I recently had the opportunity to participate in the Communications department project titled “Forget Me Never.” This is part of an initiative to record the knowledge, experience, and lives of the elderly in the US. I had the pleasure of meeting and interviewing Helen Faulkner for my part. Helen was a little shy about the whole process, not being entirely certain that anyone would care to look back on her life.
Living in a digital age, it seems that one huge power outage could wipe out history’s memory of us. I look back on an image of Francis Schaeffer standing in front of an ancient Roman bridge, trying to piece together their way of life. When I picture something like the Golden Gate Bridge decaying in time, I wonder what people might say about us in the future. Will we have left enough clues behind for our ancient civilization to be pieced together? If history has taught us anything, it is that nothing lasts forever. It can be difficult to imagine the society we live in disappearing into the past, but I am sure many Romans, Greeks, and Egyptians felt the same way.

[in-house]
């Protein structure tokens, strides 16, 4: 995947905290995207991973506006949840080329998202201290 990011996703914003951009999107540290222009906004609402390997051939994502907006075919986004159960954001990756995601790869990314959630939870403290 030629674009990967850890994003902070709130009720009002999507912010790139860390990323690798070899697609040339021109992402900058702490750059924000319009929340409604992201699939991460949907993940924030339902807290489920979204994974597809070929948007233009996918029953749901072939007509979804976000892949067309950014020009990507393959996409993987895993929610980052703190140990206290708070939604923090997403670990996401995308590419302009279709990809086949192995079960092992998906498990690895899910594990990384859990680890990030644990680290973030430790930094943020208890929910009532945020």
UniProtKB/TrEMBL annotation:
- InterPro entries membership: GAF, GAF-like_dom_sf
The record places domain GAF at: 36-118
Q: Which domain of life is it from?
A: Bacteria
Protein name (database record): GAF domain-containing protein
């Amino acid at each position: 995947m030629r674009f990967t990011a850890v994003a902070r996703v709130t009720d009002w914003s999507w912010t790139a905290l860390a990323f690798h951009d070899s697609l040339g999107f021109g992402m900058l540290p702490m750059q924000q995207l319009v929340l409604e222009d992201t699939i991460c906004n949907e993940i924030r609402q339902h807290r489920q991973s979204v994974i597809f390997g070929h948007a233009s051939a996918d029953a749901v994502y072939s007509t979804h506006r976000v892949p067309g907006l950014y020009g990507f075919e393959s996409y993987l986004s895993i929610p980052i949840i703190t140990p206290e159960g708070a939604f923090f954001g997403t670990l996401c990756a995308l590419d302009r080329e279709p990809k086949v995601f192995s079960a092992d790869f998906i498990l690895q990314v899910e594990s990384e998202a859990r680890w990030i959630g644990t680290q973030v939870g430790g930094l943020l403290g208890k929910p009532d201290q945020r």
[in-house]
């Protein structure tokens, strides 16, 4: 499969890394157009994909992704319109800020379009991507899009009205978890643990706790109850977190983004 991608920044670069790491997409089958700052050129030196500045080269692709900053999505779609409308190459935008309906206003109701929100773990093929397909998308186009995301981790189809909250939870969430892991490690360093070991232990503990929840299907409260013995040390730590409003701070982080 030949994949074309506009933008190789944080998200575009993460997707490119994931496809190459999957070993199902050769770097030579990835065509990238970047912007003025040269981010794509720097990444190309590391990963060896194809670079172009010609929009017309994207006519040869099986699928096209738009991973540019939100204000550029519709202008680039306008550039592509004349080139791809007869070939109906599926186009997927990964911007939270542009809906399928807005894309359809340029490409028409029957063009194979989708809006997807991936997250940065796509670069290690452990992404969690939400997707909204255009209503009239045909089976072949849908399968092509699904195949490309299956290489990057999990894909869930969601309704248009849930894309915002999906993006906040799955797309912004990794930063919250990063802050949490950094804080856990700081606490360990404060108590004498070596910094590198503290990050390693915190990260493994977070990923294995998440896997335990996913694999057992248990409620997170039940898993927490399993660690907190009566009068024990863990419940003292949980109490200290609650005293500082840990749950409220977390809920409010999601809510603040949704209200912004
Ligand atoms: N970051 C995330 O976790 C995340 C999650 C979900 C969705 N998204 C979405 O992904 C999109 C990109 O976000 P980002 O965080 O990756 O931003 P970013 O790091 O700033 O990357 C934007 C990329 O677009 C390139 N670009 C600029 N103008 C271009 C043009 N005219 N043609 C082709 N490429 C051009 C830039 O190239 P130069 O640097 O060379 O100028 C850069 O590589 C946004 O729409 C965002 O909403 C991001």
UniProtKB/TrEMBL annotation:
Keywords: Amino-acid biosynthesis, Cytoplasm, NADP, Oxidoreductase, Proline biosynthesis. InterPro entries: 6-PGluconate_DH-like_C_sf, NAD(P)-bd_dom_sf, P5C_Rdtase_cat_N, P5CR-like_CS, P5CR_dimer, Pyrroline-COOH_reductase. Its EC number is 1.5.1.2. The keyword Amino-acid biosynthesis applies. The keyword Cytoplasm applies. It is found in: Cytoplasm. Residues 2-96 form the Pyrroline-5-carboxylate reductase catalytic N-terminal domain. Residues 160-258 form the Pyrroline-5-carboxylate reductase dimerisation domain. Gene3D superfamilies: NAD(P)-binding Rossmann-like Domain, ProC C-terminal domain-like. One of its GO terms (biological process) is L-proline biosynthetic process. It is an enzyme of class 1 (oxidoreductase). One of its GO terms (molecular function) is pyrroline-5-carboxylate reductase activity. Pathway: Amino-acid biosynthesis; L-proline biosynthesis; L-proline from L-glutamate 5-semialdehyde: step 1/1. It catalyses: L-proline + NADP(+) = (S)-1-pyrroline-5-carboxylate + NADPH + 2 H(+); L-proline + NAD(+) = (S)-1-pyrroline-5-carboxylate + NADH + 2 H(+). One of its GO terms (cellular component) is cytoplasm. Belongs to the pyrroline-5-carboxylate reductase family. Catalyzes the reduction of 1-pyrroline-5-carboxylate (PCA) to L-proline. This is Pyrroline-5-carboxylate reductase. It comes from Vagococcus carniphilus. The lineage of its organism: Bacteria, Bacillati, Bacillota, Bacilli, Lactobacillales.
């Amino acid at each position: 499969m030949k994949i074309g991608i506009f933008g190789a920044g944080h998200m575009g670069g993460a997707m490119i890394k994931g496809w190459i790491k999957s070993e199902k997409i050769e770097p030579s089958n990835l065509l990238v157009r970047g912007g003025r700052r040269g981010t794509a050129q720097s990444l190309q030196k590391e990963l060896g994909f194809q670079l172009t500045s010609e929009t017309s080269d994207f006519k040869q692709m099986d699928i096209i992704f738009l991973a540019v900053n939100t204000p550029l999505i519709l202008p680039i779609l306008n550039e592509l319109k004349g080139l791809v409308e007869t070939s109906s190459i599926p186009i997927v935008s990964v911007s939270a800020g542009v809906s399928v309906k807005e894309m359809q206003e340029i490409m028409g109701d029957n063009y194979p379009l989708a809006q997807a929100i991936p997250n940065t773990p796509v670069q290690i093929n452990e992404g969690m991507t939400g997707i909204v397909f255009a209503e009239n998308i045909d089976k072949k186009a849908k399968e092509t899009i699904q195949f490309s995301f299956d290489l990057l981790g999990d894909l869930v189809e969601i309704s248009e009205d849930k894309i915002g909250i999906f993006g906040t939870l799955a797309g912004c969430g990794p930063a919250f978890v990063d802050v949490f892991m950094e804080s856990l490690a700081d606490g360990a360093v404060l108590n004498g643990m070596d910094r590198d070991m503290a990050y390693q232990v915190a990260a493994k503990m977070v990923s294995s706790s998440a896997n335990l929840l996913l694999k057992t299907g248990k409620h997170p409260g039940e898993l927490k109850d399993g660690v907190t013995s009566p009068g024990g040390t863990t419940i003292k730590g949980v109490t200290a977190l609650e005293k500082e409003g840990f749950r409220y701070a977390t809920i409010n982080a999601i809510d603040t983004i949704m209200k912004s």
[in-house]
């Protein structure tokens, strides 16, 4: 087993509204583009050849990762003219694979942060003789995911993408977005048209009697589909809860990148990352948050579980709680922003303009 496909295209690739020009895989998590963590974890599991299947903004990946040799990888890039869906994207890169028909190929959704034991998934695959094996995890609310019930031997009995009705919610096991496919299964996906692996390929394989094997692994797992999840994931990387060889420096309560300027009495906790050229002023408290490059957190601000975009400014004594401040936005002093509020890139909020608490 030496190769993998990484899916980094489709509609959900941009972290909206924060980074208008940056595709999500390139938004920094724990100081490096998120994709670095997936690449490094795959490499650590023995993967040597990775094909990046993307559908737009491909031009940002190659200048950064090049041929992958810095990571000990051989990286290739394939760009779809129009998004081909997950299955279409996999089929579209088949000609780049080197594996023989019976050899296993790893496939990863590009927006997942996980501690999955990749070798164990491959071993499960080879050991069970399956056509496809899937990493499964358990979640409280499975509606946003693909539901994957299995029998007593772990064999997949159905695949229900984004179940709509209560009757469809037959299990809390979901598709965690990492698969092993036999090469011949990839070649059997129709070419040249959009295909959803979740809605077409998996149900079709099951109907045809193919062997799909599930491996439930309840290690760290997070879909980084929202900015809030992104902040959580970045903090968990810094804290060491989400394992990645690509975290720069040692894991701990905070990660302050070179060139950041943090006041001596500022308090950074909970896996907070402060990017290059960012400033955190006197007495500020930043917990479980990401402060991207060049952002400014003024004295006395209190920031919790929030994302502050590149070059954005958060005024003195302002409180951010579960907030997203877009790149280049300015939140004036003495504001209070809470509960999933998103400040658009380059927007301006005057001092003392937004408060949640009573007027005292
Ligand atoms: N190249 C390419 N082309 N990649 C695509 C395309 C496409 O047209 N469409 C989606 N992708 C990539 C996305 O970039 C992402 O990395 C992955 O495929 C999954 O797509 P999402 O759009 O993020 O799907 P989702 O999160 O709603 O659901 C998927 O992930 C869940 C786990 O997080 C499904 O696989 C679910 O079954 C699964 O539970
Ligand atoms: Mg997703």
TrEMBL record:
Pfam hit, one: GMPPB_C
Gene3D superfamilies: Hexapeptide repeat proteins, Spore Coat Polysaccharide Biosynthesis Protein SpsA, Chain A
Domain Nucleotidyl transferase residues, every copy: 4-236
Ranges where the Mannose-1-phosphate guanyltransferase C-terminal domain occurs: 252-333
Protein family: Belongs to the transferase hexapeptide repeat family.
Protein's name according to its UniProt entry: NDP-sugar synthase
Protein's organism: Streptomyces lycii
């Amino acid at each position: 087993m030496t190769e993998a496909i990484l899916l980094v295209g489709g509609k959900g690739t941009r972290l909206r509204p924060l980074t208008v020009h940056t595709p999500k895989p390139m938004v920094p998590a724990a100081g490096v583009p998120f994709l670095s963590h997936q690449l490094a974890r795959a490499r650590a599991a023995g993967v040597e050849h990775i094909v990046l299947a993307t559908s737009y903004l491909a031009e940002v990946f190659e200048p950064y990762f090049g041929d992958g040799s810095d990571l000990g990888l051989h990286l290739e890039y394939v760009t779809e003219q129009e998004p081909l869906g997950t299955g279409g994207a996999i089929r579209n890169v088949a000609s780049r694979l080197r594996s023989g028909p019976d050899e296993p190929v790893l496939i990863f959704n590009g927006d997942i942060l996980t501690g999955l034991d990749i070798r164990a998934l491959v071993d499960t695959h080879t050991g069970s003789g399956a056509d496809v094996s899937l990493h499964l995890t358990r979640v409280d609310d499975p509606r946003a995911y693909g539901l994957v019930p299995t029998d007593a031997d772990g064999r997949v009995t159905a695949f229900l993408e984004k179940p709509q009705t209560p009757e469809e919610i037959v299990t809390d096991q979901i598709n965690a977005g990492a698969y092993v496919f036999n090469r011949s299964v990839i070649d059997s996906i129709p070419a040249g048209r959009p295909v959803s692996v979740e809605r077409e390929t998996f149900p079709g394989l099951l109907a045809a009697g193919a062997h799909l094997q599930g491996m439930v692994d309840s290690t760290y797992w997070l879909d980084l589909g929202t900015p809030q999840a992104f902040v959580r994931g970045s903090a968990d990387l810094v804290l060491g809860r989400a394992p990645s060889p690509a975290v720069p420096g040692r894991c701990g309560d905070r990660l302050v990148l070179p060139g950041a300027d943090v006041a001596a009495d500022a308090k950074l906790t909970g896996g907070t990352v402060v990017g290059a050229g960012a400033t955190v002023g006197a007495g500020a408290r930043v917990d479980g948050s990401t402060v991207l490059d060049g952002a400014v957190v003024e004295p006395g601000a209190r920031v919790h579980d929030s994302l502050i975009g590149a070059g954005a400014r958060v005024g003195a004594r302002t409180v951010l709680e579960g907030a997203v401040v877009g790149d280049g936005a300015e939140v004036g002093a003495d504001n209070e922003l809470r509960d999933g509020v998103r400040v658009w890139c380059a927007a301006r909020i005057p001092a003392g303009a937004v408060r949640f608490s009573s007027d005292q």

It is sad to say that memories are not forever. But wisdom can travel across time and influence the the direction of future civilizations. Maybe someone three thousand years from now will not look back at Helen’s video. Though, if we pass on the wisdom of those who go before us, do we not keep their memory alive already? Do they not continue contributing to humanity?
For the record: Helen’s life is worth examining.